support for sasako over no-show

Alfred Sasako photo: Solomon Times
Journalist, media critic and Solomon Islands political candidate Alfred Sasako is denying his no-show at a conference cost the region a crucial opportunity.
Sasako was to be one of the founding speakers for the launch of a new islands information forum, under the Asian Media and Information Communication Centre conference.
“True, I did not attend,” Sasako told Avaiki Nius Agency, responding to questions based on background complaints from sources who prefer to remain anonymous.
Establishment of a research and analysis body, SPICF, the South Pacific Islands Communication Forum, took place at AMIC on 14-18th July 2008, in Manila, Philippines.
In August, after the conference, Sasako confirmed he did not make a speech or make it to the conference, despite funding.
“True, funding was provided by UQ [University of Queensland].
“True, I could not go on medical advice,” he said in answer to email questions.
“Those who know me know that I suffer bouts of gout from time to time. I had it for a week and in fact I waited in the hope of getting relief, to no avail.”
Dr Kalinga Seneviratne, Head of Research at AMIC, confirmed the claim made by Sasako and that it “reflects correctly what happened.”
Dr Seneviratne said he was “disappointed” that Sasako could not make it but expressed support for Sasako “as a journalist and also as a person who could take the voice of the Pacific to international forums."
“Thats why I went into a lot of hassles to get the funding for him to attend the AMIC conference in Manila and I was hoping that this would be the beginning of a process where he could play a leading role in linking the South Pacific media people with those in Asia.
“So I was naturally very disappointed that he could not make it.”
In his email response, Sasako outlines events leading up to his no-show.
“On Saturday night, the day before I was due to travel out from Brisbane, my wife drove me to the doctors.”
“His advice was that sitting for eight odd hours on the flight to Manila would not help. Nor the conference environment which required you to be in several places at any one time. I would not want to be hobbling in front 4-500 delegates. So I decided to take Mother Theresa's advice: Look after your body before work.”
Media colleagues privately criticise Sasako for not giving enough warning to the University of Queensland.
“He failed to turn up and no explanation or apology to the organisers or funders,” said one source.
“The fact that he was funded meant that others from the Pacific couldn't be funded,” said the source.
Others have questioned non-attendance since questions were sent and answered by Sasako in August this year.
An unsuccessful political candidate at recent general elections in Solomon Islands, Sasako is a leading member of two new regional media groups, Pacific Islands Journalism Online and the Pacific Freedom Forum.
Both informal, members from the two groups continue to privately question why Sasako was posting “heavily” to PIJO on the same day he was supposed to be presenting to the new AMIC forum, SPICF.
Sasako is the leading poster on PIJO and the PFF, with some 900 messages since January.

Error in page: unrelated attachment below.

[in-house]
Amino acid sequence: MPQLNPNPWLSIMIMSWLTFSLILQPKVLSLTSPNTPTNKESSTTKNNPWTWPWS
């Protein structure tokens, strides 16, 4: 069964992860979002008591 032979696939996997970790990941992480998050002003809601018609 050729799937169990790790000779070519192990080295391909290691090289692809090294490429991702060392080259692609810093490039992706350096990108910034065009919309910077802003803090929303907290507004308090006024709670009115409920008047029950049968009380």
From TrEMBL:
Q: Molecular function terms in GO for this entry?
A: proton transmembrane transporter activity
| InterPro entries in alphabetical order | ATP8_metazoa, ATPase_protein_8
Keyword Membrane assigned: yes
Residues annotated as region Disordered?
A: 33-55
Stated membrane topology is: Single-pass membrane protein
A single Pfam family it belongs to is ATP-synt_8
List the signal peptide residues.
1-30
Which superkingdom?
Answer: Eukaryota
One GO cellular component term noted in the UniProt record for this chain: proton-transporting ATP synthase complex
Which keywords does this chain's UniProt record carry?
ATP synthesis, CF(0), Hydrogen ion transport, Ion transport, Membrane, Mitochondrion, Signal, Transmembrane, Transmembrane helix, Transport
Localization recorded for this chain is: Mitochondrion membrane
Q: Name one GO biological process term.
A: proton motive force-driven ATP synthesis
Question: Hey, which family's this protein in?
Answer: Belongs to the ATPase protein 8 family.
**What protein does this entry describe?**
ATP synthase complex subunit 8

In answer to questions, he said he did let UQ know he was not coming.
“Those who have any doubts can contact Katie Patterson at the UQ directly as I had sent her a copy of the doctor's advice to enable UQ to claim insurance on the ticket which they had purchase for my travel.”
Commented one media worker about the Sasako funding, “It makes my blood boil ... because I know how hard the organisers worked to get some money for him.”
Dr Seneviratne eases concerns the Sasako no-show means island media missing out on future opportunities.
“I'm personally very keen to open doors for indigenous South Pacific media talent to make contact with Asian media people and create direct links between South Pacific and Asia, in terms of the media.
“This episode was obviously a drawback to these efforts but I still hope to pursue it.”
Sasako said he was fine with his comments being published.
“By all means, go for your life. It's not new to me. I am one of those few tall enough to be buffeted by winds from all directions. I've weathered many storms and who can say I won't again?”
Criticism of Sasako comes against a history of no-shows by Pacific media for various funded opportunities at media events.
A leading example last year was Joseph Ealedona, president of the region’s oldest media organisation, the Pacific Islands News Association, failing to make an appearance as keynote speaker for the annual general meeting of PIMA, the New Zealand based Pacific Islands Media Association.
Dr Seneviratne however expressed support for Sasako’s contributions to journalism.
“I have known Alfred well during his time at the Forum Secretariat as the media officer there. I used to be the IPS news agency's Australian and South Pacific correspondent at the time and during many of the reporting assignments in the region and at UN conferences he was very helpful in getting me good contacts from the South Pacific for my stories so the ‘Pacific voices’ would be reflected in the stories.”
According to the official AMIC website, most of the “Melanesian, Polynesian and Micronesian microstates have been left out of the main communication developments, caused by a number of reasons such as
    • vast distances,
    • scattered populations,
    • traditions,
    • persisting colonial influences,
    • poor economies and unstable political regimes,
    • lack of infrastructure,
    • fragmented and insignificant market places for both goods and ideas.”
Editor’s note: due to a lack of resources, and as a voluntary effort, avaiki nius agency apologises for delays in completing this story, from August, when questions were originally sent.
. . .